by Matt Kiisel
on April 26, 2016
When I first heard of telemedicine I thought of the nursery rhyme I sing with my three-year-old, “Five Little Monkeys Jumping on the Bed.” In the song each time one of the disobedient monkeys falls off the bed and breaks his head (my kid would never do this), the mother calls the doctor and the doctor says, “No more monkeys jumping on the bed!” I imagined that the treatment I would receive by talking to a doctor over the phone would be about as effective as the doctor’s advice in the nursery rhyme. I didn’t give telemedicine another look until I signed up for my company’s high-deductible health plan (HDHP) and associated health savings account (HSA). Suddenly, higher out-of-pocket costs for urgent care visits made me a lot more worried about what would happen if one of my kids got sick or needed to see the doctor for something other than their wellness visits.
What I found is that I had some misconceptions about telemedicine and that I could save money and get effective treatment by using telemedicine for the types of things that would normally have me sitting in an urgent care waiting room.
Telemedicine practitioners are clear that some conditions still require in-person consultations. Telemedicine isn’t intended to replace your regular provider but can be helpful between visits when you need a consultation for a non-emergency condition such as a cough, flu symptoms, sinus infection, skin conditions, UTI, or sprains/strains. As technology has advanced the ability to diagnose and treat these types of conditions online has greatly improved. Using your mobile phone or a web camera, the doctor can perform a virtual examination. Doctors on major telemedicine platforms such as Amwell are U.S. board-certified and licensed in the state you are in so that they can even provide prescriptions in some cases.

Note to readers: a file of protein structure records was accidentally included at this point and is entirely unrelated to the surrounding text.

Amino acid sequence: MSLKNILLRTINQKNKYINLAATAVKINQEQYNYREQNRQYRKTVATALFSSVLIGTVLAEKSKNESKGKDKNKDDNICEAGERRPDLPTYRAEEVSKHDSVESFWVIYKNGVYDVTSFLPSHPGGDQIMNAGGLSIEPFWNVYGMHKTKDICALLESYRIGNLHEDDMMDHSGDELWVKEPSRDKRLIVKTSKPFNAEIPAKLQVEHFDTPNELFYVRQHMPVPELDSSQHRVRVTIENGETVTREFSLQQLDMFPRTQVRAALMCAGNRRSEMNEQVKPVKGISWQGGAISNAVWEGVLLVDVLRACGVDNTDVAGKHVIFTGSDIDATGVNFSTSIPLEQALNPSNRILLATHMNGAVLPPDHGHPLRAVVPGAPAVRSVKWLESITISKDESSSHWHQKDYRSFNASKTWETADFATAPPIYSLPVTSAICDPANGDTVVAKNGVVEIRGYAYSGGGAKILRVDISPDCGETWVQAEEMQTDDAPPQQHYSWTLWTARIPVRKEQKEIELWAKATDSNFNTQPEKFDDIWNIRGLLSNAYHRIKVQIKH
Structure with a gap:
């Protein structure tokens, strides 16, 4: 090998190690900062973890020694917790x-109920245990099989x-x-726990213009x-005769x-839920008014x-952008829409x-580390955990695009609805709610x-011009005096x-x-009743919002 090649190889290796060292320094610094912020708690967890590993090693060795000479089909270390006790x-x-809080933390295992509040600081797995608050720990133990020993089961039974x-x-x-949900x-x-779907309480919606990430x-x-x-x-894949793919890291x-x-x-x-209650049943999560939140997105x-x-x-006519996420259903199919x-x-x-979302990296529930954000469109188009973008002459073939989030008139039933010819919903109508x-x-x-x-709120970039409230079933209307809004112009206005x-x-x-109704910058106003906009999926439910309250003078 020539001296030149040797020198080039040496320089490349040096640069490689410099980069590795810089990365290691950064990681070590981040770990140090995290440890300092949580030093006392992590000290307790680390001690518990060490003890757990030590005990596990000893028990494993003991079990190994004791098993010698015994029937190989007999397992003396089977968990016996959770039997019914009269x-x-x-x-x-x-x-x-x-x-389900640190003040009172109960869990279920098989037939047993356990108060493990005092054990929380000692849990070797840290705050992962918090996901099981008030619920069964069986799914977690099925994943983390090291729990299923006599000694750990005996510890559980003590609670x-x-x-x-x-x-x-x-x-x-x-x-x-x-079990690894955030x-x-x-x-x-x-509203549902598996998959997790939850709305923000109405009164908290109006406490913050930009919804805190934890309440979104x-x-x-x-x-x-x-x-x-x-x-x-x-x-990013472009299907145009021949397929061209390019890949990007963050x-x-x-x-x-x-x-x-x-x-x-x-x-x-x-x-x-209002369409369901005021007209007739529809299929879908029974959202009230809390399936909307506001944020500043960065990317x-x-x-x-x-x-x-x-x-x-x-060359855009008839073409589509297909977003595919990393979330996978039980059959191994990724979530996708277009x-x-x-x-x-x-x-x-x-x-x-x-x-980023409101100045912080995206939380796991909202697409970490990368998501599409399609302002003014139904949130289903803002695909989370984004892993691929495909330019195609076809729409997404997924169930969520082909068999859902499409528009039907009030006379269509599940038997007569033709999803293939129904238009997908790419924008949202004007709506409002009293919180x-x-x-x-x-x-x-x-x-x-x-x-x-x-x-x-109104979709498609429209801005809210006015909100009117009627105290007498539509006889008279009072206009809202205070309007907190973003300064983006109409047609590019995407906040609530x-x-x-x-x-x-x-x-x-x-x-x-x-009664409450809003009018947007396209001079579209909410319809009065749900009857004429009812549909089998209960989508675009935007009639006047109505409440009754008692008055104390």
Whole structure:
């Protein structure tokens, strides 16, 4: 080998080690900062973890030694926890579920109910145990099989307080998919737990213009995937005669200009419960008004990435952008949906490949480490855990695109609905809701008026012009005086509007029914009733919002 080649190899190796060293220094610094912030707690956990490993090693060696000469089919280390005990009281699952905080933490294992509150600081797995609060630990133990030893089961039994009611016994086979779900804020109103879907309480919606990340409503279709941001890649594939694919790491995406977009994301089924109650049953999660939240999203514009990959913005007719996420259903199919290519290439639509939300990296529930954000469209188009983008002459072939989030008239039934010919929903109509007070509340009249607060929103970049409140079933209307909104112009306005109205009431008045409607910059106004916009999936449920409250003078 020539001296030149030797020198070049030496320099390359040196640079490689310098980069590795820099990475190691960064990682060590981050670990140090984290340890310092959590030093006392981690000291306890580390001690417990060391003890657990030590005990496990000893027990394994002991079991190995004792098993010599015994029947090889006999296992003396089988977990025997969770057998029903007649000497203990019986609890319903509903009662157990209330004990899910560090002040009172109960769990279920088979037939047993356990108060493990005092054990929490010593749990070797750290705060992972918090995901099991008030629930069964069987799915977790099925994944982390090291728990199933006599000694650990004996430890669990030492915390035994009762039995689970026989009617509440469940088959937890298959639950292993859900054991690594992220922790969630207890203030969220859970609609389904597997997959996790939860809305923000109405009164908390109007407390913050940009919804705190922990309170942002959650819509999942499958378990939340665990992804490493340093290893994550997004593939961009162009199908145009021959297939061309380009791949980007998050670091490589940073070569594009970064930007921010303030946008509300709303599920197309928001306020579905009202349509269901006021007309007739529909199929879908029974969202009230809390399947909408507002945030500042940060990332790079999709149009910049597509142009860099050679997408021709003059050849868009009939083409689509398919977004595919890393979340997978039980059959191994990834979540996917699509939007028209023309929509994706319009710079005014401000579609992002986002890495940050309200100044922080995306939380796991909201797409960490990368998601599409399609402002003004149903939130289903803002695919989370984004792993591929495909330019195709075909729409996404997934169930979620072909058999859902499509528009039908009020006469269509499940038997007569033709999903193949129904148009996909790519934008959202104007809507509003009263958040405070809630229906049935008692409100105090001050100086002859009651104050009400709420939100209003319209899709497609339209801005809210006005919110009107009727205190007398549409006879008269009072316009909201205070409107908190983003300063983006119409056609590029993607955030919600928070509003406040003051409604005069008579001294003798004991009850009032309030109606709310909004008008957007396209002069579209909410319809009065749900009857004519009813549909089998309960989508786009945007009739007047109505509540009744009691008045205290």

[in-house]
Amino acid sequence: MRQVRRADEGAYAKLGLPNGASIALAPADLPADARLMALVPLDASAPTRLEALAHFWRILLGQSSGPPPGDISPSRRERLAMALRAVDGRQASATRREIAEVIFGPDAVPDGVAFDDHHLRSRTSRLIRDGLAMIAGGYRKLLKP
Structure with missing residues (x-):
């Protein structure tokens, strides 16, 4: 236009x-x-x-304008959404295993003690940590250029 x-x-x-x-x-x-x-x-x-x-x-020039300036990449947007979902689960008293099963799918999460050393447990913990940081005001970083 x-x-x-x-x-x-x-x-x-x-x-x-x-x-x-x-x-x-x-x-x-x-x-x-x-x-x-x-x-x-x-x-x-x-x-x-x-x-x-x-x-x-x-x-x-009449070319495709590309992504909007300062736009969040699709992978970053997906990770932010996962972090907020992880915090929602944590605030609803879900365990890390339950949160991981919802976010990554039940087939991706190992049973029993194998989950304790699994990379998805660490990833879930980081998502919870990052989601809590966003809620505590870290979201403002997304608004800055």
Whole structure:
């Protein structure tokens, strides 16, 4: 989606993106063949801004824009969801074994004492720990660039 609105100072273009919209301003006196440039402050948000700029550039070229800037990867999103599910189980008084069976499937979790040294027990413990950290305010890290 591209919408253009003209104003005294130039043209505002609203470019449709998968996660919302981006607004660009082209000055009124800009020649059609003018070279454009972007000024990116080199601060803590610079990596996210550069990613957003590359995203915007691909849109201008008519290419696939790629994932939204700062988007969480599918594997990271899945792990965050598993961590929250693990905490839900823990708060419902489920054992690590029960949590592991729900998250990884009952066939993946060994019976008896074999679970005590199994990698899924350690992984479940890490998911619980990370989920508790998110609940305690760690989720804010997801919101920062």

The American Telemedicine Association reports that 1.2 million Americans had teleconsultations with doctors in 2015, and they predict that the number will increase by 25% in 2016. Additionally, a survey by Amwell shows that the visits are going beyond urgent care. There has been an increase in telemedicine for general health assessments, behavioral health, diet and nutrition counseling, and chronic disease management.
The cost savings of using telemedicine is probably the biggest selling point, especially for people with HDHPs who have to pay the full cost of services until they reach their deductible. The average telemedicine consultation is $40-$50 compared to the average estimated cost of an in-person visit ($140) or a trip to the emergency room ($500+). Even if you don’t have a HDHP telemedicine may end up being the most cost-efficient option for you. Many insurance companies now cover telemedicine, for example, SelectHealth and Intermountain Health Care recently launched their telemedicine platform, Intermountain Connect Care. SelectHealth members pay $49 up front for the services, and then the claim is submitted to SelectHealth for normal claim processing. Intermountain refunds you any cost beyond your responsibility based on your specific plan guidelines.
Another benefit of telemedicine is the increased accessibility. With telemedicine, you can access a doctor 24/7 without spending any time in a waiting room. In a matter of minutes you can be talking to a doctor. This is especially valuable when your regular doctor’s office is closed, you aren’t actually sure if you should go in to see the doctor based on your symptoms, you want a second opinion, or you are just too busy to fit an appointment into your schedule.
Finally, and perhaps one of the most overlooked but valuable benefits of telemedicine is that it is the type of consumerism that will help lower medical costs across the board. When consumers use online consultations before going to the Instacare or the ER they will often get the treatment that they need without additional costly tests. This prevents overtreatment which then decreases the overall cost of the plan. Employers who are looking for ways to manage the increasing cost of their employee benefits are beginning to see telemedicine as an important part of their overall benefits package. Towers Watson estimates that 80% of employers will offer telemedicine to employees by 2018.